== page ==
Chemical Lists 14 Branch Closings

Manufacturers Hanover Corp. and Chemical Banking Corp. said Wednesday they would close 14 of 91 branches in low- and moderate-income communities when they merge next year.

The affected New York neighborhoods will retain 77 branches of the new Chemical, significantly more than that of its main competitors, the banks said.

By quickly announcing their plans for low- and moderate-income areas, the banks are attempting to allay concerns of community groups and public officials. Though encouraged by the initial consolidation plan, these groups indicated Wednesday that they are waiting for more complete information before endorsing the merger.

70 Branch Closings Projected

In total, the new Chemical is expected to close about 70 of the two banks' 436 branches in the region. The banks will not determine which other branches to close for several months.

The Association of Community Organizations for Reform Now, known as ACORN, has said it intends to protest the banks' merger either under the Community Reinvestment Act or federal antitrust laws. A group representative could not be reached for comment.

Overlapping Service

"We're obviously concerned about already underbanked communities now potentially having even fewer tellers, longer lines, fewer check-cashing facilities, far longer walks to ATMs," said Mark Green, New York City's consumer affairs commissioner.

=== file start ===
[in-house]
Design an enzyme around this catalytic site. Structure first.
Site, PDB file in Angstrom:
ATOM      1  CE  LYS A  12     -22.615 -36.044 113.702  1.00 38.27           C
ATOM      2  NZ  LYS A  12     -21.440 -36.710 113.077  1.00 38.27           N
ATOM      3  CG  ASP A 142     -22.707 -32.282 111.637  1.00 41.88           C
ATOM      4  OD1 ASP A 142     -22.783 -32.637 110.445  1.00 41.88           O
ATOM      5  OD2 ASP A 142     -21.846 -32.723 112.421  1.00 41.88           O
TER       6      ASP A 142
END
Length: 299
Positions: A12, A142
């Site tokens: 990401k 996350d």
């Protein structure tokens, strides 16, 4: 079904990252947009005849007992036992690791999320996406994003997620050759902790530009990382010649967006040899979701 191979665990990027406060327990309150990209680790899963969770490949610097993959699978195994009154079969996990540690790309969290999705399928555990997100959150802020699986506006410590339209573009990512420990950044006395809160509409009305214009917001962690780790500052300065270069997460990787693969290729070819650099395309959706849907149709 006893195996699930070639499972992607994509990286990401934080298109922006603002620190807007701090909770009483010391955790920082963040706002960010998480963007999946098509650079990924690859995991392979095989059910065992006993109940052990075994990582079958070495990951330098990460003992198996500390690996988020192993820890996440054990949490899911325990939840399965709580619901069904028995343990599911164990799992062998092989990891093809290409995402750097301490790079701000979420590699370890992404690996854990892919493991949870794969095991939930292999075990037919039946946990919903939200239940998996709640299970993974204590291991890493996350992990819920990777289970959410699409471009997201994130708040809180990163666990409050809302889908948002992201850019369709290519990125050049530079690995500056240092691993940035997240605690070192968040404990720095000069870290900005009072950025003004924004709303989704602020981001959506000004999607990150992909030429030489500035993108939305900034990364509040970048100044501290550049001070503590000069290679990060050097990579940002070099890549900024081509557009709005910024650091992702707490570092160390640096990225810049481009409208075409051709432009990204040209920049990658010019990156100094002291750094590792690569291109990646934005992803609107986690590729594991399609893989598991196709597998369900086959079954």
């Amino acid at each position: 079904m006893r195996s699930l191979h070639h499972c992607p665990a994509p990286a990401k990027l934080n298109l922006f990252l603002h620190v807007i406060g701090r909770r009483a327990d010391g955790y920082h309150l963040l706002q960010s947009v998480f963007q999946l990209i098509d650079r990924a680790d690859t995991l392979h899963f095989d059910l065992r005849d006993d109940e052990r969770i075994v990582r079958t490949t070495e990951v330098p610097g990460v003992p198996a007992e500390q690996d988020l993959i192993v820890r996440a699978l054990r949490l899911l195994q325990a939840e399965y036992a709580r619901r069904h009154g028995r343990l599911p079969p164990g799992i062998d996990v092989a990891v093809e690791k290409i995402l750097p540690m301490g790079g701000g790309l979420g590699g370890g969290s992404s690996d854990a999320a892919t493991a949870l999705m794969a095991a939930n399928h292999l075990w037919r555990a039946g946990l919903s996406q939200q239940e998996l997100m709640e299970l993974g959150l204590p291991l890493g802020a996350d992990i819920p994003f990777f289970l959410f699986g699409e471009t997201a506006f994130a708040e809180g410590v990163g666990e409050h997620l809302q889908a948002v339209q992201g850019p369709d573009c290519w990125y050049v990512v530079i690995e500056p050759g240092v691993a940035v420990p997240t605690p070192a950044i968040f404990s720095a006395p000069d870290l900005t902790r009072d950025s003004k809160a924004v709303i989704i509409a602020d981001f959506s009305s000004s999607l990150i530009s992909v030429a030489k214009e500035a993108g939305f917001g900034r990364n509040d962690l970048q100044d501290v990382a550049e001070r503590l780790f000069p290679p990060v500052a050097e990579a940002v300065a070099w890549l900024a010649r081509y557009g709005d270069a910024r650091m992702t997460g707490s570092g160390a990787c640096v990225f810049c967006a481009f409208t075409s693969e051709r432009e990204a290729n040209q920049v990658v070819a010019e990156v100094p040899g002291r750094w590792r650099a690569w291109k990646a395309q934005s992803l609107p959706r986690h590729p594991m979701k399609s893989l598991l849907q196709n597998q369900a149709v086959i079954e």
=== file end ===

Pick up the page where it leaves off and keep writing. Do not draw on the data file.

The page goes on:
A Manufacturers Hanover spokesman said the 14 branches targeted for closing have an overlapping branch with the merger partner within three blocks. The new Chemical plans to invest $3 million in upgrading the remaining branches, including the installation of 12 ATMs.

Before announcing the branch closings, bank officials discussed the plan with community groups and public officials, including New York Mayor David Dinkins and Derrick Cephas, state superintendent of banks.

This cooperative approach may represent a turning point in banks' often acrimonious relations with community groups.

Allen Fishbein, director of the Washington, D.C.-based Center for Community Change, said the banks "are supersensitive about their relations with their local communities." The attention, he said, illustrates "the perceived strength of the community reinvestment movement."

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